Most published works show that the side effects were higher with CHT than with standard MMC, but this difference was not statistically significant; furthermore, these effects were usually mild and reversible. CHT has less systemic effects and bladder retraction than BCG but has more local effects such as spasm, hematuria, and dysuria [71]. In some cases there were severe or permanent side effects such as urethral perforation or bladder retraction [4, 69, 70].

With the microwave technology, the most common adverse events during treatment were spasms of the bladder (21.6%) and bladder pain (17.5%). Bladder spasms tend to occur more frequently with neoadjuvant treatment (17.8 vs 10.7%; p = 0.398) [1]. Similar results were seen with BWTTM [70, 73] and CombatTM [69, 84] recirculant systems. Side effects are frequent, but almost all cases were grades 1 and 2.

In our experience, with almost 800 recirculant instillations, only 3.1% of doses were delayed, and less than 1% were not performed. The main reasons for delating were infection, hematuria, and irritative chemical cystitis. The only reasons for anticipated end of the treatment were allergy and intolerance to catheterization.

Approximately 6% of doses were interrupted before 60 min usually because of bladder spasms or pelvic discomfort [69, 84]. Those patients who didn’t tolerate the first dose well were orally premedicated with 600 mgs of ibuprofen or antispasmodic treatment depending on if they had complained of pain or spasms. In selected cases, spasmolytic IV was administered during treatment. Both oral medications such as IV proved effective to achieve a good tolerance in subsequent doses of CHT.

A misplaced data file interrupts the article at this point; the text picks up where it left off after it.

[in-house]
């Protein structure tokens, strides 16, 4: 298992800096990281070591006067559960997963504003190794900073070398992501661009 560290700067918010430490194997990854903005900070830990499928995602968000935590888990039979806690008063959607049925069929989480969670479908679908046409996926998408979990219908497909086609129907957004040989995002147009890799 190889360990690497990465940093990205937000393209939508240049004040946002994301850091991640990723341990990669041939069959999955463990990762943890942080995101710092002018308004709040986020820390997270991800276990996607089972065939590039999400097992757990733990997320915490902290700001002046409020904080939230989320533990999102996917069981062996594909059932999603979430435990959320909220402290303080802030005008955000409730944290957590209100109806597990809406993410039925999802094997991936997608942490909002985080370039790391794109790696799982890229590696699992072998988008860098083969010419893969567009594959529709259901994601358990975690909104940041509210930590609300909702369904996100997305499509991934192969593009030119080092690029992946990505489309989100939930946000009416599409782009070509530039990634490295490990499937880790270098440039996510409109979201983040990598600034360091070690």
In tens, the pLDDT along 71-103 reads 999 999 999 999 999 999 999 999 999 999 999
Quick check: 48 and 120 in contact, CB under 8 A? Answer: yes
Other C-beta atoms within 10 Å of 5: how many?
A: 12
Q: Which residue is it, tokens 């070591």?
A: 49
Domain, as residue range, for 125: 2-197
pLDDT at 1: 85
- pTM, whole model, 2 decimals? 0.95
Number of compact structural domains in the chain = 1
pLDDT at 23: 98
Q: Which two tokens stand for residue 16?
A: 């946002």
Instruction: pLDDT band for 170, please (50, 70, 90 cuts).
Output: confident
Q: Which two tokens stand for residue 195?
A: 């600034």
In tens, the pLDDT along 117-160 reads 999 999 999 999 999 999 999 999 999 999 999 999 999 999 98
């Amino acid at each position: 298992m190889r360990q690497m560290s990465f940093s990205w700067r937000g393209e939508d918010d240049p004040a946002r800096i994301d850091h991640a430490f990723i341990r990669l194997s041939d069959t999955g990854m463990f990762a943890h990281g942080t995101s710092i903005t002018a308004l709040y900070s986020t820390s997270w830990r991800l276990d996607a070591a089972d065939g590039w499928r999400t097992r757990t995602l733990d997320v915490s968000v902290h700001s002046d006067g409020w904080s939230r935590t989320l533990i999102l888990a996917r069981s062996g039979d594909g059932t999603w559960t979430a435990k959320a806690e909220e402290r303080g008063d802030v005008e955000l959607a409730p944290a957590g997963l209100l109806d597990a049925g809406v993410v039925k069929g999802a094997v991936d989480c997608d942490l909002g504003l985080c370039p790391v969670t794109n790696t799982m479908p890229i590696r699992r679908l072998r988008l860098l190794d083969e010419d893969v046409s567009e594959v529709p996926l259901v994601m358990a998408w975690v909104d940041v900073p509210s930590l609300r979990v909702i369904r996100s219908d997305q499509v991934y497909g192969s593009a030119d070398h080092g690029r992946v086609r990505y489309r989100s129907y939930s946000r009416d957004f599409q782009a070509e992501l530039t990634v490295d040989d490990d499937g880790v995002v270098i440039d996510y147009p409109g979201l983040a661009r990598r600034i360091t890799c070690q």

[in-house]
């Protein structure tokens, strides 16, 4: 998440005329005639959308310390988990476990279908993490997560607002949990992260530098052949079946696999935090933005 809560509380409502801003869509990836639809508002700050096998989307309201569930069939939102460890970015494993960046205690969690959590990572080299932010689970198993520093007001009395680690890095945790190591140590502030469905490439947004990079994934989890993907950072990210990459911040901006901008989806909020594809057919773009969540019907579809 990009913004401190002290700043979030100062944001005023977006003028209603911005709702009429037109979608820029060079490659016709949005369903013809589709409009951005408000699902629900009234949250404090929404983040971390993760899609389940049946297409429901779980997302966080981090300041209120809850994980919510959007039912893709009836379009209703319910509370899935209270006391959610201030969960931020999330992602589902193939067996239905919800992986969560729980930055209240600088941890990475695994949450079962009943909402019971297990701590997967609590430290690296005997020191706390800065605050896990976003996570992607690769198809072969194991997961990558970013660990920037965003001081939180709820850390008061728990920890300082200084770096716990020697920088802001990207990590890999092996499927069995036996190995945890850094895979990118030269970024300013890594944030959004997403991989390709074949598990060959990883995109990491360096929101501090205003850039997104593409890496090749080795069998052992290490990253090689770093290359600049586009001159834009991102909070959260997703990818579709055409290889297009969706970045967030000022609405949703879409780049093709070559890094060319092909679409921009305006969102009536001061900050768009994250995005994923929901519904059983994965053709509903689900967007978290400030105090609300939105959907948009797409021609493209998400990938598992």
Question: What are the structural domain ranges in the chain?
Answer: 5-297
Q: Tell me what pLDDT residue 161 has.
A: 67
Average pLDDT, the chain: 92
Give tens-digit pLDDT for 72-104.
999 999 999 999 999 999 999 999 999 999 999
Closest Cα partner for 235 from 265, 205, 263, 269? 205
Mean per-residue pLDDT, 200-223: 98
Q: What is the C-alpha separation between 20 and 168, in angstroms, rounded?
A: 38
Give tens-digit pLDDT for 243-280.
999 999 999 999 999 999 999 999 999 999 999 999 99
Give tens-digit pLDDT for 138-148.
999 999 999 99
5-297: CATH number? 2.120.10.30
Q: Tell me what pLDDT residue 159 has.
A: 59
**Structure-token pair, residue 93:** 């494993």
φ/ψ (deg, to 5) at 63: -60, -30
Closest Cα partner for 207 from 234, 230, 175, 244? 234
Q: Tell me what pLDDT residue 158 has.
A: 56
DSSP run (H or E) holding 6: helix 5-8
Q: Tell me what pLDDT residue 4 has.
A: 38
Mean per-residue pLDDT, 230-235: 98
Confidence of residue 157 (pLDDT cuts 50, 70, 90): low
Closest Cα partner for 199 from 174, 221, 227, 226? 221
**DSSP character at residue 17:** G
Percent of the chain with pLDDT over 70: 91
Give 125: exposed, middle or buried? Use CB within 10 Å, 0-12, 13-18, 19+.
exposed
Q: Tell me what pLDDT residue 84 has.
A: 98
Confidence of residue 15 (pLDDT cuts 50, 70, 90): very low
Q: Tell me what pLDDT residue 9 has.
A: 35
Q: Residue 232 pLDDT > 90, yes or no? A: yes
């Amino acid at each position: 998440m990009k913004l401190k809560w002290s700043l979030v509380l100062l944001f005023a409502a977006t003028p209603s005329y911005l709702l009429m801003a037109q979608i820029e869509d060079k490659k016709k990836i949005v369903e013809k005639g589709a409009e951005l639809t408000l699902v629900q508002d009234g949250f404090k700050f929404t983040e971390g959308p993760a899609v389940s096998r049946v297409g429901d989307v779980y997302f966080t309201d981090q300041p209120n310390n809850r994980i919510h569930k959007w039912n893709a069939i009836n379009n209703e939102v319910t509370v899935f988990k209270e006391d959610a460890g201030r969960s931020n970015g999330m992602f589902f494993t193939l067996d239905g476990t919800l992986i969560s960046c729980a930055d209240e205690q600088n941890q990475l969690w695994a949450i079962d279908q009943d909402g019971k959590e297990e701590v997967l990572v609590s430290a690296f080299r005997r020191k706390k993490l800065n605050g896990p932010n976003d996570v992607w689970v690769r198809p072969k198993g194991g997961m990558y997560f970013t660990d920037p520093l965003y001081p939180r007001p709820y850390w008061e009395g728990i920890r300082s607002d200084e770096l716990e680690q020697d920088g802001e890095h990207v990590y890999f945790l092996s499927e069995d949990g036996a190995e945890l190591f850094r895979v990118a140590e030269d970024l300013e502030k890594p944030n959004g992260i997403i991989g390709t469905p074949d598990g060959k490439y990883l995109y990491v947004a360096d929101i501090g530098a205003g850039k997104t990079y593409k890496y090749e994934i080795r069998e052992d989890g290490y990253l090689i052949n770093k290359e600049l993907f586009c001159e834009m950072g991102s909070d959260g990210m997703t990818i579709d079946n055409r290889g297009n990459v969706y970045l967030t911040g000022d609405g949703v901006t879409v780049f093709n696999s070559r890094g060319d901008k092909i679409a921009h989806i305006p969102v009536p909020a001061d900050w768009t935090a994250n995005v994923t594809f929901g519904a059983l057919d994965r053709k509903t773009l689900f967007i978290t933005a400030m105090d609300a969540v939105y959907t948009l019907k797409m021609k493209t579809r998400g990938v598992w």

3.5. Comparison of treatments assisted by devices

Those forms of intravesical chemotherapy in which any device is used to improve the efficacy of intravesical chemotherapy are called “device assisted.” There are fundamentally two: Electromotive drug administration (EMDA) enhances the absorption of MMC by using iontophoresis. On the other hand, there is CHT which is based on heating the bladder with the instilled chemotherapeutic drug.

EMDA is based on creating an electric current through three physicochemical principles (iontophoresis, electroosmosis, and electroporation) able to increase the migration of an electrically charged molecule through the bladder wall molecule. In this chapter, we are not going to evaluate EMDA, but we recommend further investigation reading about it because it is a very interesting way to improve the effectiveness of intravesical chemotherapy.

EMDA has demonstrated reduction on tumoral recurrences compared to standard MMC. Some readers may want to know which delivery system is better, CHT or EMDA. Until now, there is no answer to this question; Colombo et al. [87] published in 2001 a pilot study with marker lesion which resulted in favorable results for CHT.

3.5.1. Microwave technology